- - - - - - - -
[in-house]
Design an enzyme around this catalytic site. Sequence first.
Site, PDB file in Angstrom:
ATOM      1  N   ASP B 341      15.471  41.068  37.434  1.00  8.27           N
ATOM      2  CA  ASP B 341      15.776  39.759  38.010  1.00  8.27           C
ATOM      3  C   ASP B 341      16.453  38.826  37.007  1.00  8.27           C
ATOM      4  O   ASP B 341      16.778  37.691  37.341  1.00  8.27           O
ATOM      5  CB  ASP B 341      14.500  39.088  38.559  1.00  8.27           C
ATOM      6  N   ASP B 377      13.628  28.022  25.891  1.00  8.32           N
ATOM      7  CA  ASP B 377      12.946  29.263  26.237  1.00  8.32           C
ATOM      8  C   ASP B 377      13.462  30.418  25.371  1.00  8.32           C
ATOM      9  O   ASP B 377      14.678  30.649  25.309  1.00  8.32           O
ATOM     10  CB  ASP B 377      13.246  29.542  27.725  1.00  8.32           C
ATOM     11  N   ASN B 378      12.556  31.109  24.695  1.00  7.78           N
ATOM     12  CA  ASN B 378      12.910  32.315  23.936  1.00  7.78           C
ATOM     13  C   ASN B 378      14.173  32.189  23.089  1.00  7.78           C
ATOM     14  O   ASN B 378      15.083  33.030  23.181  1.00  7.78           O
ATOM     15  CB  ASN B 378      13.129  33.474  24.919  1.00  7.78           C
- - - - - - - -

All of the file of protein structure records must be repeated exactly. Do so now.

[in-house]
Design an enzyme around this catalytic site. Sequence first.
Site, PDB file in Angstrom:
ATOM      1  N   ASP B 341      15.471  41.068  37.434  1.00  8.27           N
ATOM      2  CA  ASP B 341      15.776  39.759  38.010  1.00  8.27           C
ATOM      3  C   ASP B 341      16.453  38.826  37.007  1.00  8.27           C
ATOM      4  O   ASP B 341      16.778  37.691  37.341  1.00  8.27           O
ATOM      5  CB  ASP B 341      14.500  39.088  38.559  1.00  8.27           C
ATOM      6  N   ASP B 377      13.628  28.022  25.891  1.00  8.32           N
ATOM      7  CA  ASP B 377      12.946  29.263  26.237  1.00  8.32           C
ATOM      8  C   ASP B 377      13.462  30.418  25.371  1.00  8.32           C
ATOM      9  O   ASP B 377      14.678  30.649  25.309  1.00  8.32           O
ATOM     10  CB  ASP B 377      13.246  29.542  27.725  1.00  8.32           C
ATOM     11  N   ASN B 378      12.556  31.109  24.695  1.00  7.78           N
ATOM     12  CA  ASN B 378      12.910  32.315  23.936  1.00  7.78           C
ATOM     13  C   ASN B 378      14.173  32.189  23.089  1.00  7.78           C
ATOM     14  O   ASN B 378      15.083  33.030  23.181  1.00  7.78           O
ATOM     15  CB  ASN B 378      13.129  33.474  24.919  1.00  7.78           C